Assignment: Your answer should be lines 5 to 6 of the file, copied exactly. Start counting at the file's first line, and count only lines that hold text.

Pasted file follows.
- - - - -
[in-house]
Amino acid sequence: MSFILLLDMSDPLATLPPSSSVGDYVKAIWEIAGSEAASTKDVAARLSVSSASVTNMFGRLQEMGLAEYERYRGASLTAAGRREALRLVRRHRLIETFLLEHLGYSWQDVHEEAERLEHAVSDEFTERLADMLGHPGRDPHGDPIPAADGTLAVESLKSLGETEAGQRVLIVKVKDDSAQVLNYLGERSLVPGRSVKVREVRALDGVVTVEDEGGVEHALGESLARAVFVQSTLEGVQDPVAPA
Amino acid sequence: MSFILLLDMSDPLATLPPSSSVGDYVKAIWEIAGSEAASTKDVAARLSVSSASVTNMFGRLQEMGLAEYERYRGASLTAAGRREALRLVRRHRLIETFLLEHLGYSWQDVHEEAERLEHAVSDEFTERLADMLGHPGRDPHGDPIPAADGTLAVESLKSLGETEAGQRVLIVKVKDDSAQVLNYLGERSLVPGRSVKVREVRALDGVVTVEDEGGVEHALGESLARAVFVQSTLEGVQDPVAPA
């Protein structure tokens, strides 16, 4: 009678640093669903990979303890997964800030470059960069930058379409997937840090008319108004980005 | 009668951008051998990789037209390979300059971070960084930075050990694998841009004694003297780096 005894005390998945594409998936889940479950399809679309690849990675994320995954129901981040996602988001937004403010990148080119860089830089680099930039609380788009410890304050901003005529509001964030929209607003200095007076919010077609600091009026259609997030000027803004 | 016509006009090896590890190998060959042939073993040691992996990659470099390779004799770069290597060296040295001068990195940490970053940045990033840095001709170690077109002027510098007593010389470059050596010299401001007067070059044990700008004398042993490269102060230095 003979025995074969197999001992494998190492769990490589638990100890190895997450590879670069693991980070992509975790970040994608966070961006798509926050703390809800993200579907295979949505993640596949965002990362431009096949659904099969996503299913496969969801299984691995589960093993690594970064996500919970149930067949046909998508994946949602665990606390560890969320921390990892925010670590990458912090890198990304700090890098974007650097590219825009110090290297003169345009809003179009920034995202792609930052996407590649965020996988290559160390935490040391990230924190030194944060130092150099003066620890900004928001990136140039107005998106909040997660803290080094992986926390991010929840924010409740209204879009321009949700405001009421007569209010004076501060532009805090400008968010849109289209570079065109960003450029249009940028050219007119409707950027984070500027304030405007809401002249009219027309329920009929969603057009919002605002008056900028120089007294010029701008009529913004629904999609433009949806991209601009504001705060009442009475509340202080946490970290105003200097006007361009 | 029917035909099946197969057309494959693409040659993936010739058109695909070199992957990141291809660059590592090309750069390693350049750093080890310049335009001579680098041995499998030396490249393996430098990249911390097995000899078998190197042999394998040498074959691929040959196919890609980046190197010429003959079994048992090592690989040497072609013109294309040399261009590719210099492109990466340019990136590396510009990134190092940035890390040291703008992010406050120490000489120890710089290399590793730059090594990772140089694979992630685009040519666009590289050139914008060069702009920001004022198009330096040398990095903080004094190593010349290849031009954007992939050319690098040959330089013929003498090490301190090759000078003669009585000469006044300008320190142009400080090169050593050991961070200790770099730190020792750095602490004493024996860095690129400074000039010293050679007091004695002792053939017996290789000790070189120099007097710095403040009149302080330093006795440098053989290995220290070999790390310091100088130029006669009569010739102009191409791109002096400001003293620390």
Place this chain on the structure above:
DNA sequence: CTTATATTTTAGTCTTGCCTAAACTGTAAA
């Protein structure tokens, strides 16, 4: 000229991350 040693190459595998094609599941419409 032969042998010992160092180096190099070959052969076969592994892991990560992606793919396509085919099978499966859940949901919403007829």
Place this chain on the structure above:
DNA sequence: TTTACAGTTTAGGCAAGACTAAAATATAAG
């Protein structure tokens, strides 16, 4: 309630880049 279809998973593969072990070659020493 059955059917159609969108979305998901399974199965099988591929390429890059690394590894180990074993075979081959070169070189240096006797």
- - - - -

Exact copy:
Place this chain on the structure above:
DNA sequence: CTTATATTTTAGTCTTGCCTAAACTGTAAA